Every home in the UK could get their electricity from wind-power within this decade

In a speech Tuesday (Oct 6th), Prime Minister Boris Johnson pledged that the United Kingdom would generate enough electricity from offshore wind to power every UK home within a decade.

The UK government also unveiled a new target for floating offshore wind to deliver 1 Gigawatt of energy by 2030. That’s more than 15 times as much power as floating offshore wind currently generates worldwide, it said. The government promised £160 million ($207 million) to upgrade ports and infrastructure…

Britain must “build back greener” from the coronavirus pandemic in order to accelerate progress towards a legally binding target to reach net zero emissions by 2050, Johnson said…

While I’m not convinced Boris Johnson and his Tories are best capable of leading this task, he’s got the science and technology right for a change. Unlike his peers here in the GOUSA. At least the Left and Right in Great Britain appear capable of uniting on a plan to make the switch to renewables for generating electricity…and leave “stupid and spooky” behind.

China Switches On World’s Largest Floating Solar Farm — On A Lake Over A Closed Coal Mine

Click to enlarge

❝ Last week, workers switched on a solar energy plant capable of producing 40 megawatts of power, which floats on a manmade lake in China’s Anhui province near the city of Huainan…The array is the largest floating solar project in the world, though at the brisk pace China is building new renewable projects it’s unlikely to hold that title very long.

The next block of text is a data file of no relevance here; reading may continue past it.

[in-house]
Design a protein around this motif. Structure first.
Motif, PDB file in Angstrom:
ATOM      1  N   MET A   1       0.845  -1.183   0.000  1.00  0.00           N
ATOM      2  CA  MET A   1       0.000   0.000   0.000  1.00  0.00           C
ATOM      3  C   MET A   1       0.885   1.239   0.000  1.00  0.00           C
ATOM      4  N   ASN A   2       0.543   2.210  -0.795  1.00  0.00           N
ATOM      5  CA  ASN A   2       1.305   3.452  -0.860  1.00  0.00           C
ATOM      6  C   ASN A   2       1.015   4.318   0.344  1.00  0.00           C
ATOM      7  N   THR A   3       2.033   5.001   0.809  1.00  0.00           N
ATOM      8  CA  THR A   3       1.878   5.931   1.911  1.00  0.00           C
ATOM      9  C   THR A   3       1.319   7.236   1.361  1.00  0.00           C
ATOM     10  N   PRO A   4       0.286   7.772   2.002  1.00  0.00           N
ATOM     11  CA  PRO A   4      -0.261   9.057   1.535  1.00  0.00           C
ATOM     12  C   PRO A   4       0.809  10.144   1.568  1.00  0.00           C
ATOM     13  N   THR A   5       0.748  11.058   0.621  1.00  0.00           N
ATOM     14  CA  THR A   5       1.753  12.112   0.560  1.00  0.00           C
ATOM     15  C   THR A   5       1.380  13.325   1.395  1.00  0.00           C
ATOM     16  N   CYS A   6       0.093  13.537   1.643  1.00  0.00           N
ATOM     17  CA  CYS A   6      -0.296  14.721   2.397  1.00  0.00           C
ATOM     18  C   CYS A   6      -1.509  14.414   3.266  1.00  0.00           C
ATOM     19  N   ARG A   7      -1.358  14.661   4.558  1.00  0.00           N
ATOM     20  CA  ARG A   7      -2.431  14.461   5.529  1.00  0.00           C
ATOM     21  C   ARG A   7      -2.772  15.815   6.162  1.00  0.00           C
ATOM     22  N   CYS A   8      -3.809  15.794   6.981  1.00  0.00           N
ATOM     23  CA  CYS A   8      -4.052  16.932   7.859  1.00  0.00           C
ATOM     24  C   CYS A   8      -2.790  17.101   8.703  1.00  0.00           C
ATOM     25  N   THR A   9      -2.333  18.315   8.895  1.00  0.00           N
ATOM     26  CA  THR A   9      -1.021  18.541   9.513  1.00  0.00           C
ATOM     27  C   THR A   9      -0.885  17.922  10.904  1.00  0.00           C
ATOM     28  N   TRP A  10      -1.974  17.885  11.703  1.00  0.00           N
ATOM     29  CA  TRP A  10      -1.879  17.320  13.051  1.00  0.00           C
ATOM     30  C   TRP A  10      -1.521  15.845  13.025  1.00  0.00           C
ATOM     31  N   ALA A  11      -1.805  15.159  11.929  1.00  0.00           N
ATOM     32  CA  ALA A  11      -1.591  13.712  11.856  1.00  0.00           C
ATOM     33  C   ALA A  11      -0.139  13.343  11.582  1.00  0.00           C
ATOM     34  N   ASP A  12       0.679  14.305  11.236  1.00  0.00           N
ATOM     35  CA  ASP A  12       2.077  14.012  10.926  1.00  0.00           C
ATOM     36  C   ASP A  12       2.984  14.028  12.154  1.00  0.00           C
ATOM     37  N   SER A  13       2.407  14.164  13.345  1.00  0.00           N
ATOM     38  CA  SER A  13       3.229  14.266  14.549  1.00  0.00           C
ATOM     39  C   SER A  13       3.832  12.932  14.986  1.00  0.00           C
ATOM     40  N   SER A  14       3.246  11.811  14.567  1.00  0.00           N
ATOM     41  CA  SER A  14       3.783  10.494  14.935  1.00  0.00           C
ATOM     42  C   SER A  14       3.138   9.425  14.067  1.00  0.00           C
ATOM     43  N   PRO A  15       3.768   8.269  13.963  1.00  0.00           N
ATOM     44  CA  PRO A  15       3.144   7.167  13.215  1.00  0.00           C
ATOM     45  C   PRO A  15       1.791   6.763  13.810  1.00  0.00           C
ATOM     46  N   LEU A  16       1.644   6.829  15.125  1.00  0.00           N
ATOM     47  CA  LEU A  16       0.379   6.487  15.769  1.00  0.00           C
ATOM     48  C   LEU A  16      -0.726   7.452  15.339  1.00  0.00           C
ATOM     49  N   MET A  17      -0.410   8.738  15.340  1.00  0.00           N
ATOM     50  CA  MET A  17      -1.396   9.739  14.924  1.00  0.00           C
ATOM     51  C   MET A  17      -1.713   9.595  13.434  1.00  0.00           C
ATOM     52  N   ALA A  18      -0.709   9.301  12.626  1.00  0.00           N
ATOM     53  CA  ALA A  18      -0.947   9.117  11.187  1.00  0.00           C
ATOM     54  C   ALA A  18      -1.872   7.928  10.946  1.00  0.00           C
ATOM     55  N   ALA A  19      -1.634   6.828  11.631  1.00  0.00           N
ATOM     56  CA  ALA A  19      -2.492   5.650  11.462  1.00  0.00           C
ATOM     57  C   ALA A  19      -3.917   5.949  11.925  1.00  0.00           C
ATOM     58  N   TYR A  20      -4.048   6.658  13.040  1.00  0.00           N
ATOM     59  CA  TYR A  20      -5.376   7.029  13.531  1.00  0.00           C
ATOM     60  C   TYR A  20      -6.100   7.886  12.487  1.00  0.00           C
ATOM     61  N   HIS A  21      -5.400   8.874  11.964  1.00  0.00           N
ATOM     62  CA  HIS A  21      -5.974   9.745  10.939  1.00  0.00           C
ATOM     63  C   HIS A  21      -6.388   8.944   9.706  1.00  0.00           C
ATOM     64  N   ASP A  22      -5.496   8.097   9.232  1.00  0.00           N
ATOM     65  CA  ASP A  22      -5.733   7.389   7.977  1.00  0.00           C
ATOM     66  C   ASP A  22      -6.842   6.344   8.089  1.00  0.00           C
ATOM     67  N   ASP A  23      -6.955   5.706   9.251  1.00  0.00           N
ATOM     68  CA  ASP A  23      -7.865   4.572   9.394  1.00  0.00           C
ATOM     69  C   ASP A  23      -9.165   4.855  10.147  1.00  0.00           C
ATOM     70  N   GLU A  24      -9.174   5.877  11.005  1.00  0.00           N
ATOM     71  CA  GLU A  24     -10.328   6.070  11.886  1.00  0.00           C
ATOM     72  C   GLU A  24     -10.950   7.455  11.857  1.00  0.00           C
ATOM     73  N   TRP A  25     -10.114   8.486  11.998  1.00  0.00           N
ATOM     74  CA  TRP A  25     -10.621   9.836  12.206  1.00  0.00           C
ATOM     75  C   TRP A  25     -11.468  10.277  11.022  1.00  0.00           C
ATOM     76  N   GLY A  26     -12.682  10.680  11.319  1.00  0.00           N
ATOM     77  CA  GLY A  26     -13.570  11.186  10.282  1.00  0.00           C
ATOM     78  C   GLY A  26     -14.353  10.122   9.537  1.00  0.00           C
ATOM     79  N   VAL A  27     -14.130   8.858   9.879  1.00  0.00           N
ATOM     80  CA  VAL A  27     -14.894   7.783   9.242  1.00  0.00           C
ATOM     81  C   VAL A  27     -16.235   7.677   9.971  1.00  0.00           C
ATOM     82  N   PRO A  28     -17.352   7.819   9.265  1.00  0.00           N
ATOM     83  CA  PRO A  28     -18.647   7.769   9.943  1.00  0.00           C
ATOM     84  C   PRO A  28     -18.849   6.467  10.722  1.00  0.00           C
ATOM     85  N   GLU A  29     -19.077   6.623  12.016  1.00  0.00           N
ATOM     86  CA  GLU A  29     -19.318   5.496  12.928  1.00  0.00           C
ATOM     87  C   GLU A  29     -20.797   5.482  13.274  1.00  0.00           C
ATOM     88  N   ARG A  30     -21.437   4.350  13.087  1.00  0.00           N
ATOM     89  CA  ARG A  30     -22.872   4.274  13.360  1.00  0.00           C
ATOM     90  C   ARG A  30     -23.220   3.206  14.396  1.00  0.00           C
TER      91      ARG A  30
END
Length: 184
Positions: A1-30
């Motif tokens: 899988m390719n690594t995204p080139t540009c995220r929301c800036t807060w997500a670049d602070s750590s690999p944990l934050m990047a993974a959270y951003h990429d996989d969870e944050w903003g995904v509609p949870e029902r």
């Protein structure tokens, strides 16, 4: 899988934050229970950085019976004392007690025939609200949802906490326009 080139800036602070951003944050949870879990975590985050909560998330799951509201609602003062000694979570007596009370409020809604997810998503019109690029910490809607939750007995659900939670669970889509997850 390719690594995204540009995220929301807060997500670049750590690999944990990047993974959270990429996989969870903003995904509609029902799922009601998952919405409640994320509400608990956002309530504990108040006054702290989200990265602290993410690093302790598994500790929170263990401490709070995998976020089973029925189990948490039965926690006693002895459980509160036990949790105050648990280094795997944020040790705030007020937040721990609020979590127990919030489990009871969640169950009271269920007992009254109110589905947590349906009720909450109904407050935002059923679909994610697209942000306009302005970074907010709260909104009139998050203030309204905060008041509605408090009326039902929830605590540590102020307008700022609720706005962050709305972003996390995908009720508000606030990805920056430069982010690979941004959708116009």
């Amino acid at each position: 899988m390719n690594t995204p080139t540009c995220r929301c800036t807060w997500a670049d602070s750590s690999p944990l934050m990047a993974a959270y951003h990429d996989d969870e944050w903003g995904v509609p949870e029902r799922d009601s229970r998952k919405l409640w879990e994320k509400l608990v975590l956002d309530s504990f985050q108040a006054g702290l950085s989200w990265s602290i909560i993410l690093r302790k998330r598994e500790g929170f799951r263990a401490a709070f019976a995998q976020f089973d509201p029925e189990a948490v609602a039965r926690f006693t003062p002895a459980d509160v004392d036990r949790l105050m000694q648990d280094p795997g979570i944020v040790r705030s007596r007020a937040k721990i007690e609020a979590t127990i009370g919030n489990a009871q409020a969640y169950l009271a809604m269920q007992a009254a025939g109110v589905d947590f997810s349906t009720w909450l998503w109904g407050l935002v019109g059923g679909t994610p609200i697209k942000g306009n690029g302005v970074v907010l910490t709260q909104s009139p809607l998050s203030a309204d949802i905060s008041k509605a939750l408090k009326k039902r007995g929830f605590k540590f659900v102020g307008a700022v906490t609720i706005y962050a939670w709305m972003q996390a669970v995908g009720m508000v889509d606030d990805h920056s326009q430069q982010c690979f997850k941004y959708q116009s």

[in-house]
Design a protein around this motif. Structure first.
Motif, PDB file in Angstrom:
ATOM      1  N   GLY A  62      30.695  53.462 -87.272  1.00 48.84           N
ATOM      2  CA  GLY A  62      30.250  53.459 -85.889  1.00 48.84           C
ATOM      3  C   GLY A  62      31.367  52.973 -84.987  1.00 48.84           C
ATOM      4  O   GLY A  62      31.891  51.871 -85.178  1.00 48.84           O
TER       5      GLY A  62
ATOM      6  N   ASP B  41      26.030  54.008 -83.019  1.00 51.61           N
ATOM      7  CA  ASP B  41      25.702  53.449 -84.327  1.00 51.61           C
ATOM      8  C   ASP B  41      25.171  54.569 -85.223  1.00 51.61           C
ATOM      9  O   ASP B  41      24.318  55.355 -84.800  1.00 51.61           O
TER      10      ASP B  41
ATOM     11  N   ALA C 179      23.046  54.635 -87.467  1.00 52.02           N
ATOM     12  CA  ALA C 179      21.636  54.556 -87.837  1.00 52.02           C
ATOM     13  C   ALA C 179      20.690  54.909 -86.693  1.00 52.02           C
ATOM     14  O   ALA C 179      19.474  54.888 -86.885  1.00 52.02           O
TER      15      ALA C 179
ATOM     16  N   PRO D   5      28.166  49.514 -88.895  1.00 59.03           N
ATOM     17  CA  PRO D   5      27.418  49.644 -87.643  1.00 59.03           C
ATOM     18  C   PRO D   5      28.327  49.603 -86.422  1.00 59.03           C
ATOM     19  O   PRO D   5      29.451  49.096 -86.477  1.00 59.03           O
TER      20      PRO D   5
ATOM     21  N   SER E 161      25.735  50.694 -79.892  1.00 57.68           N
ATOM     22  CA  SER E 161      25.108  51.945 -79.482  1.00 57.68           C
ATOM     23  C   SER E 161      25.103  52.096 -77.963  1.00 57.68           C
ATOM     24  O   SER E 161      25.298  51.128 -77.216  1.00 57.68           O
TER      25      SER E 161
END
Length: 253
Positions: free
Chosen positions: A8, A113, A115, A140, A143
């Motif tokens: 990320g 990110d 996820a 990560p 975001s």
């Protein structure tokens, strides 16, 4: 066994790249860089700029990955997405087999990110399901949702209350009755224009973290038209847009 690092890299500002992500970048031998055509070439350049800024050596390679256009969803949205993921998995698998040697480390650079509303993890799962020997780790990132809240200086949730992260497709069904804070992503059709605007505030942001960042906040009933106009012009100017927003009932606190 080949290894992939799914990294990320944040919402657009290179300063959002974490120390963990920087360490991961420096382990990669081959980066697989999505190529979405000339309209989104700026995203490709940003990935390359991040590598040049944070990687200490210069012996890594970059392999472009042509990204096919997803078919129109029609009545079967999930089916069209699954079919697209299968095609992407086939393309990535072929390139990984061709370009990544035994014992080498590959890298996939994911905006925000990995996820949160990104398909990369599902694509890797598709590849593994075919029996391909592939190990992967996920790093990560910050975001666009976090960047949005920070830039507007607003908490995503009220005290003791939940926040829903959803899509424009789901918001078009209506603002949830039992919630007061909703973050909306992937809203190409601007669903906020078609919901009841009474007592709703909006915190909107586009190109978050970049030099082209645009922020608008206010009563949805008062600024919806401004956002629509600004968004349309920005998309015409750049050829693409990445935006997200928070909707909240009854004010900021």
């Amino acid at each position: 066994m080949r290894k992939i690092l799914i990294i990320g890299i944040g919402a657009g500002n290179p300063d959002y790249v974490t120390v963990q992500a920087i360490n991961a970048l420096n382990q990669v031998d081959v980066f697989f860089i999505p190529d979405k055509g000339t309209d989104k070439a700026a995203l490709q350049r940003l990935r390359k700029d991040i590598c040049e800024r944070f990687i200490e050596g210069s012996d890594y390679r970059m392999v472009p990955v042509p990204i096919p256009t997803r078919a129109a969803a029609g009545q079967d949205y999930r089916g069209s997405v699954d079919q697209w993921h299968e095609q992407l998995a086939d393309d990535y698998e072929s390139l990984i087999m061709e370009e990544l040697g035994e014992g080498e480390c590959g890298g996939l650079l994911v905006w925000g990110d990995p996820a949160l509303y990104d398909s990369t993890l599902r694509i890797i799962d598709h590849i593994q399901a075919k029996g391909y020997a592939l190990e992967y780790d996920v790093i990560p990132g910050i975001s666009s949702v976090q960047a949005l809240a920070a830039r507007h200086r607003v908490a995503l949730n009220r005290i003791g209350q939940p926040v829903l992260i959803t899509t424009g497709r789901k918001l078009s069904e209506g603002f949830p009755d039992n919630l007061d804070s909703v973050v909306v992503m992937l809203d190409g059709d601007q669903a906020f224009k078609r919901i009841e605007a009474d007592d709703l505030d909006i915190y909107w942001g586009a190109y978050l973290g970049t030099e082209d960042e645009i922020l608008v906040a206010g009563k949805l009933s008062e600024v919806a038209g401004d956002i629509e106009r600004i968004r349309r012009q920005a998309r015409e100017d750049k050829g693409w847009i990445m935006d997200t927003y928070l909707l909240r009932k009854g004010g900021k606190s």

❝ Built by the company Sungrow Power Supply, the power plant will produce enough energy to power 15,000 homes…While the company has not revealed the exact size of the operation, it produces twice as much energy as the previous holder of the largest-floating-solar-plant title, which is located in the same area and was launched by the company Xinyi Solar in 2016.

❝ Anhui province is a coal-rich region, and the Sungrow plant is located on a lake that was once the site of intensive mining. Heavy rains filled the area with water…

So why build solar plants on top of lakes and reservoirs?…Building on bodies of water, especially manmade lakes that are not ecologically sensitive, helps protect agricultural land and terrestrial ecosystems from being developed for energy use. The water also cools the electronics in the solar panels, helping them to work more efficiently…

❝ While the floating solar plant is the largest in the world, it pales in comparison to some of China’s non-floating solar projects. The Longyangxia Dam Solar Park on the Tibetan plateau hosts 4 million solar panels that produce 850 megawatts of energy. Even that will soon be eclipsed by a project in the Ningxia Autonomous Region, which will have 6 million solar panels and produce 2 gigawatts of power.

If Trump’s chumps continue to keep the Republican Party in power, say, until 2024 — we may yet see coal become the cheapest source of mediocre construction stone in the United States. Keeping fewer people employed than Arby’s just to maintain welfare checks flowing into certain corporate bank accounts is an important part of the 18th Century lifestyle so beloved of today’s conservative politicians.

Burning house floats away in millennium-class flood

Video in the article